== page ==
LONG BEACH - The second annual Hope and Freedom Film Festival returns on Saturday, May 21, and begins at 10 a.m. in the Art Theater at 2025 East 4th Street in Long Beach. Admission is free.The mission of the Hope and Freedom Film Festival is to help create a society where all individuals have equal rights, according to Festival Director Kevin Johnson. "The festival encourages submissions that further the broad goals of ensuring political, social, educational and economic equality for all people," explained Johnson, a faculty member in the Communication Studies Department at Cal State Long Beach. "The festival seeks to reward entries from all skill levels that use the power of cinema to inspire hope in the pursuit of freedom from hatred, discrimination and oppressive conditions." Topics of this year's films include the rebirth of the hip-hop nation, the struggles of transgendered people and such documentaries as "Killing Memories," which follows five veterans who return to Vietnam in order to cope with wartime traumas. Several of the screenings will be followed by question-and-answer sessions with the filmmakers and cast of the films. Johnson hopes to generate awareness and organization for struggles facing people around the world today. "This festival's goal is to create an environment where people can come together, have fun, and celebrate," he said. "We want to create a climate of fun and cooperation that encourages working together to make society a better place to live." He also hopes the festival will help to expose area residents to new ideas. "The festival is an opportunity for audiences to find a new perspective on the world. This year, the festival will highlight a 2010 documentary titled 'Finding Kind' about girl-on-girl bullying. Issues like these are not often covered by mainstream mass media, and I measure this festival's success by exposure to ideas like these." Johnson said he measures the festival's success by several variables. "One thing I hope for is greater visibility for such documentaries as happened last year with 'Humble Beauty,' an hour-long film that tells the stories of a group of talented homeless and formerly homeless men and women who create art -- fine arts painting - on Los Angeles' Skid Row," he pointed out. The goal for the festival is simple - to create a good event. "Eventually," Johnson said, "our vision for this event is to have a double-stage film, arts and music festival that would extend all the way down 4th Street from Junipero to Cherry."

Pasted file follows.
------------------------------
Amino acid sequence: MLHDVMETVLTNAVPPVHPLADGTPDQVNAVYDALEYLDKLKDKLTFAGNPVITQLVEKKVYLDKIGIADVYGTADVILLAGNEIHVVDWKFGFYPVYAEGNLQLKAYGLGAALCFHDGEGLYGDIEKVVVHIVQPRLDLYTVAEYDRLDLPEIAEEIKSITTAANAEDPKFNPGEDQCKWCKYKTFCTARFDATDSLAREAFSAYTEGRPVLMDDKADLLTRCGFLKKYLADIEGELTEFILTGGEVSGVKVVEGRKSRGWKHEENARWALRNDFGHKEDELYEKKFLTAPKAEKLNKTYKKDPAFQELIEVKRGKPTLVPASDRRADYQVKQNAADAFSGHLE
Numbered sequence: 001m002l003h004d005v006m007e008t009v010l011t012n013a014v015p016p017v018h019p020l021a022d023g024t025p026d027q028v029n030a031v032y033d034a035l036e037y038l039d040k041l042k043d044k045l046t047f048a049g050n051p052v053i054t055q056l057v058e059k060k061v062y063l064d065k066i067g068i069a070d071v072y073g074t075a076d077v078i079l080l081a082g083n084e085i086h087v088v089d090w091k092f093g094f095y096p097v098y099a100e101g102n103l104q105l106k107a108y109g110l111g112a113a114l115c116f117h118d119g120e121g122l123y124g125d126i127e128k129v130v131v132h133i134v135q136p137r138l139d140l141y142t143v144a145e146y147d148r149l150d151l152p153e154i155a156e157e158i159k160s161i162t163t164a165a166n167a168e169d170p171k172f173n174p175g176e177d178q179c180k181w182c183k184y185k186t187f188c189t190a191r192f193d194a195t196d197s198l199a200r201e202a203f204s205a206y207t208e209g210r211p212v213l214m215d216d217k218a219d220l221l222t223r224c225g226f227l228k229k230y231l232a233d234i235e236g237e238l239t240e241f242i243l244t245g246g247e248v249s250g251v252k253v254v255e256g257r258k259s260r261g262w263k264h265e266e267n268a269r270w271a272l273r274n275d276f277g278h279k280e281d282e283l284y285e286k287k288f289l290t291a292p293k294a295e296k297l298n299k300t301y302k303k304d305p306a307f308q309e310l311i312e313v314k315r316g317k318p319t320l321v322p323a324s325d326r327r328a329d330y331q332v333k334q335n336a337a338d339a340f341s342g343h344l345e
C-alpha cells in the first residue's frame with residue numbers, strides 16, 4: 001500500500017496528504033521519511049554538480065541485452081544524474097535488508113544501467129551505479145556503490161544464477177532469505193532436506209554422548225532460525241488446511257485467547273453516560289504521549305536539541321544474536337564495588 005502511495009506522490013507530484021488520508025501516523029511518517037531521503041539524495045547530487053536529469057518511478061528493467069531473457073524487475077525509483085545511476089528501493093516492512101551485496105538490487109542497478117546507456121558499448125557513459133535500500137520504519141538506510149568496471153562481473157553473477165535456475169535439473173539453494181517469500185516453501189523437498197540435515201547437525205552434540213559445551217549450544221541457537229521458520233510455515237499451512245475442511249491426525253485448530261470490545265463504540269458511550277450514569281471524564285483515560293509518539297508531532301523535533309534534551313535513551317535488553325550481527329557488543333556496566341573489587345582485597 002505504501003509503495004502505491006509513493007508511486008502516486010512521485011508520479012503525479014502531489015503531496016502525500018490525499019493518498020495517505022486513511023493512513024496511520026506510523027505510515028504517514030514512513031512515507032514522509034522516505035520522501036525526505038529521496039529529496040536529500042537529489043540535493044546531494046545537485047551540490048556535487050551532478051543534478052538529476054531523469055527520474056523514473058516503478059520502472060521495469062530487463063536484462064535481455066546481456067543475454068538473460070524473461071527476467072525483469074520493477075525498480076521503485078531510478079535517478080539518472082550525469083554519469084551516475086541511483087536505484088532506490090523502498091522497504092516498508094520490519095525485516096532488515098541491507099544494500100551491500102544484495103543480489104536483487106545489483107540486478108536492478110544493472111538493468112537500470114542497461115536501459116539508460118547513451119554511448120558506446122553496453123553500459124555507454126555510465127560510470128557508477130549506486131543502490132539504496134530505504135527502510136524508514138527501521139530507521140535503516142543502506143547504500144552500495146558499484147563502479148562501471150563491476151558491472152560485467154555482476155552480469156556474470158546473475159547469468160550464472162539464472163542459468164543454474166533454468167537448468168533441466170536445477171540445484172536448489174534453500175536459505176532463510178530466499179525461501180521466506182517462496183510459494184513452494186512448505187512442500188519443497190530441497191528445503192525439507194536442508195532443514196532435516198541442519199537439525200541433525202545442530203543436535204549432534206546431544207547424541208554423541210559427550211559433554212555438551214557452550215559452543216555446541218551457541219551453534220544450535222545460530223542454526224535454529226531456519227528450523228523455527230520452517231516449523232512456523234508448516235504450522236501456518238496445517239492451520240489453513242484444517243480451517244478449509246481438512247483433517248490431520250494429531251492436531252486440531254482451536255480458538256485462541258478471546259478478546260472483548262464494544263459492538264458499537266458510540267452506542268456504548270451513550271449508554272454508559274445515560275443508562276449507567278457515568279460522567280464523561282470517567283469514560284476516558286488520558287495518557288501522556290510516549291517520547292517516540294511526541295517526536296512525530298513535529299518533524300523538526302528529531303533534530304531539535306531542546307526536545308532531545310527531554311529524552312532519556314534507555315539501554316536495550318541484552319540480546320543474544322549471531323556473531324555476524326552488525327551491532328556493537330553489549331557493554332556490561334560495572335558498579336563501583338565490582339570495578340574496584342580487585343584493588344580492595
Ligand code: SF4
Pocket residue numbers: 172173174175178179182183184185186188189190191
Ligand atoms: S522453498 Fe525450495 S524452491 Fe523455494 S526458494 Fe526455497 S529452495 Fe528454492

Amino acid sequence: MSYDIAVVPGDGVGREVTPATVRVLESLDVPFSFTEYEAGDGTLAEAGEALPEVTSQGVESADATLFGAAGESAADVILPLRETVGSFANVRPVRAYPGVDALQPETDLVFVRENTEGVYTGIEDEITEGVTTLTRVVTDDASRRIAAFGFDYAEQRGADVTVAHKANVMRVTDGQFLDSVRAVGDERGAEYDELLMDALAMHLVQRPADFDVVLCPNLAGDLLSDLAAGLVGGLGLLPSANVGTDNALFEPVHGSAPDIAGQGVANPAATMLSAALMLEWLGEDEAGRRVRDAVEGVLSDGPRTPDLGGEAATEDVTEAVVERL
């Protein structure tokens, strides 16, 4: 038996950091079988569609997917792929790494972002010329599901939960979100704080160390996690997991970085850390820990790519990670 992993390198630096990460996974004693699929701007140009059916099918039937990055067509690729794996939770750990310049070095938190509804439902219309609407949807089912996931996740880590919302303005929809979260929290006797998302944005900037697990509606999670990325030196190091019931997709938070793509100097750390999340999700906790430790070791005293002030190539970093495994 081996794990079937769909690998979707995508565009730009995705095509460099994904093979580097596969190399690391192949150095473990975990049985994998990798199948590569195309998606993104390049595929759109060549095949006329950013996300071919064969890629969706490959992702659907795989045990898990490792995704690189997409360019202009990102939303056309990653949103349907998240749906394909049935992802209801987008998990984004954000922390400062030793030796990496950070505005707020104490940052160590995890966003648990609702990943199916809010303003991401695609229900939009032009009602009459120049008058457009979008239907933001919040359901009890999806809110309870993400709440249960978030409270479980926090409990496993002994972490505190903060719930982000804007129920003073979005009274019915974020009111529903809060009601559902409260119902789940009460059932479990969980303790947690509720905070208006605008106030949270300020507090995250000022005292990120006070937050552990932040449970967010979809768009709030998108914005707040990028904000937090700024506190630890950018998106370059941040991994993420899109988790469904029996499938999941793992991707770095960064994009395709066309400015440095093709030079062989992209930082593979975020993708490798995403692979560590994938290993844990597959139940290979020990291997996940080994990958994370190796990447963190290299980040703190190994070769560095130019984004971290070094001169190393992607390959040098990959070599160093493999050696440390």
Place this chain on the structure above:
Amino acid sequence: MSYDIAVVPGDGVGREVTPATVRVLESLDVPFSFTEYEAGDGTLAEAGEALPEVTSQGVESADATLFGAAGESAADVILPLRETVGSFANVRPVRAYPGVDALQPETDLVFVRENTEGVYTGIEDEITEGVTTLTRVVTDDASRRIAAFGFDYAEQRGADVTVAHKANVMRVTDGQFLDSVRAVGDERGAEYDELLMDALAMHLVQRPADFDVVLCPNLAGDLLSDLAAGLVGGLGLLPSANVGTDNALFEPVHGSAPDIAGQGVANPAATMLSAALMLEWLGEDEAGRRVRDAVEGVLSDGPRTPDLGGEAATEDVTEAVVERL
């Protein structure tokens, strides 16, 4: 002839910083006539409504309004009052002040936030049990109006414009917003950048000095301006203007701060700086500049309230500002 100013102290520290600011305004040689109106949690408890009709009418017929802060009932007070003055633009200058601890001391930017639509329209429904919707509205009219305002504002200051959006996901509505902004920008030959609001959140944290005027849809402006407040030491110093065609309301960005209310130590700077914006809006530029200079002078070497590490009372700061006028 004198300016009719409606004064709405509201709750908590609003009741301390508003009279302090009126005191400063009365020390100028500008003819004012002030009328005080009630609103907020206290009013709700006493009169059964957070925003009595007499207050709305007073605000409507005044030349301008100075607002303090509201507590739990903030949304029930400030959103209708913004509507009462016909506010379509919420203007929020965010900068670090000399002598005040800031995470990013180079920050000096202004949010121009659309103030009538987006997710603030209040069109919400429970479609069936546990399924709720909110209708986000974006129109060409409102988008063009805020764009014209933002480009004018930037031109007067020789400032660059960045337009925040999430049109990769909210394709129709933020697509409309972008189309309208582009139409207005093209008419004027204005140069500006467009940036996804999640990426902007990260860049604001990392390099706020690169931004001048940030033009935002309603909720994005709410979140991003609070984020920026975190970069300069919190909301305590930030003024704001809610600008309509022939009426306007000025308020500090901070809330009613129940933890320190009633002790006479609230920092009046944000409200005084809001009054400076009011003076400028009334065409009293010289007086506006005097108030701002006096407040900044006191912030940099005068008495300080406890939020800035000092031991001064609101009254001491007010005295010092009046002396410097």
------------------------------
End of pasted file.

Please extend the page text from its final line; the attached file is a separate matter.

********** Published: May 12, 2011 - Volume 10 - Issue 4